The Kitchen Cabinet Jackson did not rely only on his cabinet for advice. He made most of his decisions with the help of trusted friends and political supporters. Because these advisers were said to meet with him in the White House kitchen, they were called the “kitchen cabinet.”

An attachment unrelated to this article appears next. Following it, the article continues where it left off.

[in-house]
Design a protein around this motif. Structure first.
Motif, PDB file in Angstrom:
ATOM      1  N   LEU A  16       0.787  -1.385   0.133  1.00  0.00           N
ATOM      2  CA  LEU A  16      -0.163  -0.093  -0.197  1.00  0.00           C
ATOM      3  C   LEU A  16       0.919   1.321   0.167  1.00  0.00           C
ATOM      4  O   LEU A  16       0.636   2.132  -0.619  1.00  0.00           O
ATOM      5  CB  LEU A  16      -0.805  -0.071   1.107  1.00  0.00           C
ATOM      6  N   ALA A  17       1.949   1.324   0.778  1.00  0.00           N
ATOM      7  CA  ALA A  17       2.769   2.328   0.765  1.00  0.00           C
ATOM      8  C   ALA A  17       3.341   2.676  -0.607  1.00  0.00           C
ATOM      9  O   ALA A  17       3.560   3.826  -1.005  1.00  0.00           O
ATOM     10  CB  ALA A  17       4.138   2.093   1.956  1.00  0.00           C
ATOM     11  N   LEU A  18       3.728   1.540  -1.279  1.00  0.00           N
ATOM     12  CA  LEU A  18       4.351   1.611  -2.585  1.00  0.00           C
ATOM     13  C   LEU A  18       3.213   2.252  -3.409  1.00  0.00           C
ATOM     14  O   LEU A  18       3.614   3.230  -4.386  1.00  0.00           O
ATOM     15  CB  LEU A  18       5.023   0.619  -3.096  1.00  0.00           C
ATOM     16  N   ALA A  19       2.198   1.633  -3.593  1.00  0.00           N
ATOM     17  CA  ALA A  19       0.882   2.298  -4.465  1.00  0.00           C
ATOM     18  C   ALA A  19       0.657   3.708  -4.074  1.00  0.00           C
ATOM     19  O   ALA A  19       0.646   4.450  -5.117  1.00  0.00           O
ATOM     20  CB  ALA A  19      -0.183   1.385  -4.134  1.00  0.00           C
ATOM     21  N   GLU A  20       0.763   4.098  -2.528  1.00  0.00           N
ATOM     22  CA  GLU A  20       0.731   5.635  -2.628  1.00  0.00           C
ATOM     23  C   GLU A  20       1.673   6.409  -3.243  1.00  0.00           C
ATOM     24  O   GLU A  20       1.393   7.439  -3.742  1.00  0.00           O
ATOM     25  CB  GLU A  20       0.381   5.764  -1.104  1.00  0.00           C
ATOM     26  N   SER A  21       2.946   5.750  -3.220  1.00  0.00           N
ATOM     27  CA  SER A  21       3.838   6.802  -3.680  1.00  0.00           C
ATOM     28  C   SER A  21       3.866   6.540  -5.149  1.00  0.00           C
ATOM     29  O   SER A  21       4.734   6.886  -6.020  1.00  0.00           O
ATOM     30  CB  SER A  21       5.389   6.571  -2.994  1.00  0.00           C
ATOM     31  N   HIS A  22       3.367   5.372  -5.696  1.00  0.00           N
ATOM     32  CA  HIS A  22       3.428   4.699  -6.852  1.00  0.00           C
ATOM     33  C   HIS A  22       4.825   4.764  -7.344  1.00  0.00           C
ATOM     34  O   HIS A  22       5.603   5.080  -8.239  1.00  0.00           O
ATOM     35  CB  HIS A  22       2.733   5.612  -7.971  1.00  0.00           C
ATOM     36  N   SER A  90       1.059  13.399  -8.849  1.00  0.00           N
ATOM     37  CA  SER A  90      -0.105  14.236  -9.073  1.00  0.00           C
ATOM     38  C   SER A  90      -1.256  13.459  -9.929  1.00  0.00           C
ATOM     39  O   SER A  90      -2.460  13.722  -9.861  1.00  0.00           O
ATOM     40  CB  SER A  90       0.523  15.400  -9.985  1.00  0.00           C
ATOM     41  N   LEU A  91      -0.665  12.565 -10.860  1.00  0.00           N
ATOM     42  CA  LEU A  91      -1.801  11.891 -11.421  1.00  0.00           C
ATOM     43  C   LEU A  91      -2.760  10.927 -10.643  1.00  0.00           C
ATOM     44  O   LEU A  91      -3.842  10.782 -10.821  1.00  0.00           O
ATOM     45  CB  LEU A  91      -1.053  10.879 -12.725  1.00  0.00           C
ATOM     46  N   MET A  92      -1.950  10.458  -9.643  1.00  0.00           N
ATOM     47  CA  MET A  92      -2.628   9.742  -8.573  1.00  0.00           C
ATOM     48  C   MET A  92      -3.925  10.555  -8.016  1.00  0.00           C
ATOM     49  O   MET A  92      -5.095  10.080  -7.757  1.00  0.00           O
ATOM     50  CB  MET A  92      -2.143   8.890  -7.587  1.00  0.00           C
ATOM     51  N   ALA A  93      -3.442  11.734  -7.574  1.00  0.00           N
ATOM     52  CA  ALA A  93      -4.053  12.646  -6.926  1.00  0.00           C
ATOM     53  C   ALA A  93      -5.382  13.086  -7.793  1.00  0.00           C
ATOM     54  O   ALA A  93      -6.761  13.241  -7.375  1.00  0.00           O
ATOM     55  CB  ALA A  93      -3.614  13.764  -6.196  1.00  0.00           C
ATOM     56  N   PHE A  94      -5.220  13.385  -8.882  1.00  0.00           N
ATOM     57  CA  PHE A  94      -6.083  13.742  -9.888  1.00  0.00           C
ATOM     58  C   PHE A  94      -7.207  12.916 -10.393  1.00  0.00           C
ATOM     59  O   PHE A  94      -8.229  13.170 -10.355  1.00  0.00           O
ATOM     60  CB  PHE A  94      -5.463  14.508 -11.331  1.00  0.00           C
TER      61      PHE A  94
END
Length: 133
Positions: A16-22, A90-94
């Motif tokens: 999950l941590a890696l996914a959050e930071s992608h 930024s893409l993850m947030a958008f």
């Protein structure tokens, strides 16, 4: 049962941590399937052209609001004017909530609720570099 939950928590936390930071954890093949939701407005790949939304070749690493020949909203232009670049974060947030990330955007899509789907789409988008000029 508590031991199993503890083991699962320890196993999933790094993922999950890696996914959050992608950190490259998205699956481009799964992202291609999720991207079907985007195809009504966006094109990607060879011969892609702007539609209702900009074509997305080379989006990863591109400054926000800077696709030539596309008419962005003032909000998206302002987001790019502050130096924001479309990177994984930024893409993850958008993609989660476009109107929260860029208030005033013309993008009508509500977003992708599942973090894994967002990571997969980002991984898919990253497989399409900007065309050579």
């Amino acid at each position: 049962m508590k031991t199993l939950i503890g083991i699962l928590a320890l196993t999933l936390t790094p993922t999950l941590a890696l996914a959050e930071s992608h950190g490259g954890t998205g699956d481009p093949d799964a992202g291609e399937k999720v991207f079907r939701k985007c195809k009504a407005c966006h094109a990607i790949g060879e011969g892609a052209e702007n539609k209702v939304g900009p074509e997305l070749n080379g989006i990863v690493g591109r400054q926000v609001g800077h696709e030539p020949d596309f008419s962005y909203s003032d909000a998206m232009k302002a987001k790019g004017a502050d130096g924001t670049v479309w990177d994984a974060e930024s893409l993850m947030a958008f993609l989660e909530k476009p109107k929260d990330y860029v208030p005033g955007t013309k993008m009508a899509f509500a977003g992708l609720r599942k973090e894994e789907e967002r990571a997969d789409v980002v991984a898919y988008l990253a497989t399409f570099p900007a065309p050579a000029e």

The rich men who had been used to influencing the government viewed the “kitchen cabinet” with deep suspicion. In their eyes, the men around the president were not the proper sort to be running the country. One congressman accused Amos Kendall, Jackson’s closest adviser, of being “the President’s . . . lying machine.” Jackson ignored such charges and continued to turn to men he trusted for advice.